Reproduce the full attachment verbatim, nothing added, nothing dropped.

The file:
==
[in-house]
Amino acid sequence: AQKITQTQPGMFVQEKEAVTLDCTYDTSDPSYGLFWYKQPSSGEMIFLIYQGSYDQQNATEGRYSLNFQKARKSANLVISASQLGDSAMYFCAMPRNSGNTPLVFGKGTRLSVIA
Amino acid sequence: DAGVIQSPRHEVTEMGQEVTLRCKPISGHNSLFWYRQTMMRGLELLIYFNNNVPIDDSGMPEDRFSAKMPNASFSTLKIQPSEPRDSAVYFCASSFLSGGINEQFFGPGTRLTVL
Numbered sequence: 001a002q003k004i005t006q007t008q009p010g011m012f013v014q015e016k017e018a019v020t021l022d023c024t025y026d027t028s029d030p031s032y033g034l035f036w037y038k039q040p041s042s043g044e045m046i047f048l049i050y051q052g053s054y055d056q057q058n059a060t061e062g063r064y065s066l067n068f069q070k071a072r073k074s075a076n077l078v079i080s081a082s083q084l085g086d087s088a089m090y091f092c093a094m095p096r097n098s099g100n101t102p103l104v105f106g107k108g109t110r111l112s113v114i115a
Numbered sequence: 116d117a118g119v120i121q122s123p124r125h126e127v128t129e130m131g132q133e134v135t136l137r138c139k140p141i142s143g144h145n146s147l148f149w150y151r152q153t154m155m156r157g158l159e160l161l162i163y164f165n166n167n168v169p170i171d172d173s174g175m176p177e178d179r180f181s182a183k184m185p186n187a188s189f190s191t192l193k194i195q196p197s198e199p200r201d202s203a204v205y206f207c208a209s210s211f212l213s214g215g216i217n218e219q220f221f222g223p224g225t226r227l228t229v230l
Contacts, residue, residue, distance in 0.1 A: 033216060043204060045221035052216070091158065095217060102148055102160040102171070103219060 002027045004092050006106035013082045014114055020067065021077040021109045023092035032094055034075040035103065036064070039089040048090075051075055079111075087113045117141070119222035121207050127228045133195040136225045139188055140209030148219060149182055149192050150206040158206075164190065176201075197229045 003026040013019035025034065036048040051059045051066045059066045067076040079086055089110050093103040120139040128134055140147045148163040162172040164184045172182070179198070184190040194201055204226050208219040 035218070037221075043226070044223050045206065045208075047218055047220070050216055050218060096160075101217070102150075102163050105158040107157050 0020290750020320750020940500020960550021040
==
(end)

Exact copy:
[in-house]
Amino acid sequence: AQKITQTQPGMFVQEKEAVTLDCTYDTSDPSYGLFWYKQPSSGEMIFLIYQGSYDQQNATEGRYSLNFQKARKSANLVISASQLGDSAMYFCAMPRNSGNTPLVFGKGTRLSVIA
Amino acid sequence: DAGVIQSPRHEVTEMGQEVTLRCKPISGHNSLFWYRQTMMRGLELLIYFNNNVPIDDSGMPEDRFSAKMPNASFSTLKIQPSEPRDSAVYFCASSFLSGGINEQFFGPGTRLTVL
Numbered sequence: 001a002q003k004i005t006q007t008q009p010g011m012f013v014q015e016k017e018a019v020t021l022d023c024t025y026d027t028s029d030p031s032y033g034l035f036w037y038k039q040p041s042s043g044e045m046i047f048l049i050y051q052g053s054y055d056q057q058n059a060t061e062g063r064y065s066l067n068f069q070k071a072r073k074s075a076n077l078v079i080s081a082s083q084l085g086d087s088a089m090y091f092c093a094m095p096r097n098s099g100n101t102p103l104v105f106g107k108g109t110r111l112s113v114i115a
Numbered sequence: 116d117a118g119v120i121q122s123p124r125h126e127v128t129e130m131g132q133e134v135t136l137r138c139k140p141i142s143g144h145n146s147l148f149w150y151r152q153t154m155m156r157g158l159e160l161l162i163y164f165n166n167n168v169p170i171d172d173s174g175m176p177e178d179r180f181s182a183k184m185p186n187a188s189f190s191t192l193k194i195q196p197s198e199p200r201d202s203a204v205y206f207c208a209s210s211f212l213s214g215g216i217n218e219q220f221f222g223p224g225t226r227l228t229v230l
Contacts, residue, residue, distance in 0.1 A: 033216060043204060045221035052216070091158065095217060102148055102160040102171070103219060 002027045004092050006106035013082045014114055020067065021077040021109045023092035032094055034075040035103065036064070039089040048090075051075055079111075087113045117141070119222035121207050127228045133195040136225045139188055140209030148219060149182055149192050150206040158206075164190065176201075197229045 003026040013019035025034065036048040051059045051066045059066045067076040079086055089110050093103040120139040128134055140147045148163040162172040164184045172182070179198070184190040194201055204226050208219040 035218070037221075043226070044223050045206065045208075047218055047220070050216055050218060096160075101217070102150075102163050105158040107157050 0020290750020320750020940500020960550021040